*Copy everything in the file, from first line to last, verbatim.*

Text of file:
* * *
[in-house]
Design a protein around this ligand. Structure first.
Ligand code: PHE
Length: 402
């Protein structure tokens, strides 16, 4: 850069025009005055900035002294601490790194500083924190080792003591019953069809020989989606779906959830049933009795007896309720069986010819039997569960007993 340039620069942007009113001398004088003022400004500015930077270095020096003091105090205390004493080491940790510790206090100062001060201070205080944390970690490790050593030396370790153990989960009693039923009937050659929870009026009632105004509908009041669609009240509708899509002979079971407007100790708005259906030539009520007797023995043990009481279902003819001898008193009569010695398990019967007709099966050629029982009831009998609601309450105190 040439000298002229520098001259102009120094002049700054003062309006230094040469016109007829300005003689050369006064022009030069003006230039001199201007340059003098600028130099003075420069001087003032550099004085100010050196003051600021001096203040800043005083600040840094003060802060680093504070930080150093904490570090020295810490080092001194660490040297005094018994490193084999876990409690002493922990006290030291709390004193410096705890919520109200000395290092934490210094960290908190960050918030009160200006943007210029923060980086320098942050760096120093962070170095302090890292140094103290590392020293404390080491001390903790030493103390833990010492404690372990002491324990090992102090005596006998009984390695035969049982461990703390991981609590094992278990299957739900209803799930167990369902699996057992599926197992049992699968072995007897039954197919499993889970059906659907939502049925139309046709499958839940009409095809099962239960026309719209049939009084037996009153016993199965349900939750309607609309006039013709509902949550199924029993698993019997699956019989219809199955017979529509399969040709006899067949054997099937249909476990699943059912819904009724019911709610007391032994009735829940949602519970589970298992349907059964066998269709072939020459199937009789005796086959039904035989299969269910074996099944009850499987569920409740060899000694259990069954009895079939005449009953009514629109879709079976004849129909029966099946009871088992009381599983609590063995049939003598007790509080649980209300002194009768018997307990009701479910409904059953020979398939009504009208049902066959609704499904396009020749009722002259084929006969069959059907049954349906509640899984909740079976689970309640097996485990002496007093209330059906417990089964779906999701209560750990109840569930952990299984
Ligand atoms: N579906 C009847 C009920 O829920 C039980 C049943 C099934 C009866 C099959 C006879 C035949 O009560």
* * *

[in-house]
Design a protein around this ligand. Structure first.
Ligand code: PHE
Length: 402
């Protein structure tokens, strides 16, 4: 850069025009005055900035002294601490790194500083924190080792003591019953069809020989989606779906959830049933009795007896309720069986010819039997569960007993 340039620069942007009113001398004088003022400004500015930077270095020096003091105090205390004493080491940790510790206090100062001060201070205080944390970690490790050593030396370790153990989960009693039923009937050659929870009026009632105004509908009041669609009240509708899509002979079971407007100790708005259906030539009520007797023995043990009481279902003819001898008193009569010695398990019967007709099966050629029982009831009998609601309450105190 040439000298002229520098001259102009120094002049700054003062309006230094040469016109007829300005003689050369006064022009030069003006230039001199201007340059003098600028130099003075420069001087003032550099004085100010050196003051600021001096203040800043005083600040840094003060802060680093504070930080150093904490570090020295810490080092001194660490040297005094018994490193084999876990409690002493922990006290030291709390004193410096705890919520109200000395290092934490210094960290908190960050918030009160200006943007210029923060980086320098942050760096120093962070170095302090890292140094103290590392020293404390080491001390903790030493103390833990010492404690372990002491324990090992102090005596006998009984390695035969049982461990703390991981609590094992278990299957739900209803799930167990369902699996057992599926197992049992699968072995007897039954197919499993889970059906659907939502049925139309046709499958839940009409095809099962239960026309719209049939009084037996009153016993199965349900939750309607609309006039013709509902949550199924029993698993019997699956019989219809199955017979529509399969040709006899067949054997099937249909476990699943059912819904009724019911709610007391032994009735829940949602519970589970298992349907059964066998269709072939020459199937009789005796086959039904035989299969269910074996099944009850499987569920409740060899000694259990069954009895079939005449009953009514629109879709079976004849129909029966099946009871088992009381599983609590063995049939003598007790509080649980209300002194009768018997307990009701479910409904059953020979398939009504009208049902066959609704499904396009020749009722002259084929006969069959059907049954349906509640899984909740079976689970309640097996485990002496007093209330059906417990089964779906999701209560750990109840569930952990299984
Ligand atoms: N579906 C009847 C009920 O829920 C039980 C049943 C099934 C009866 C099959 C006879 C035949 O009560």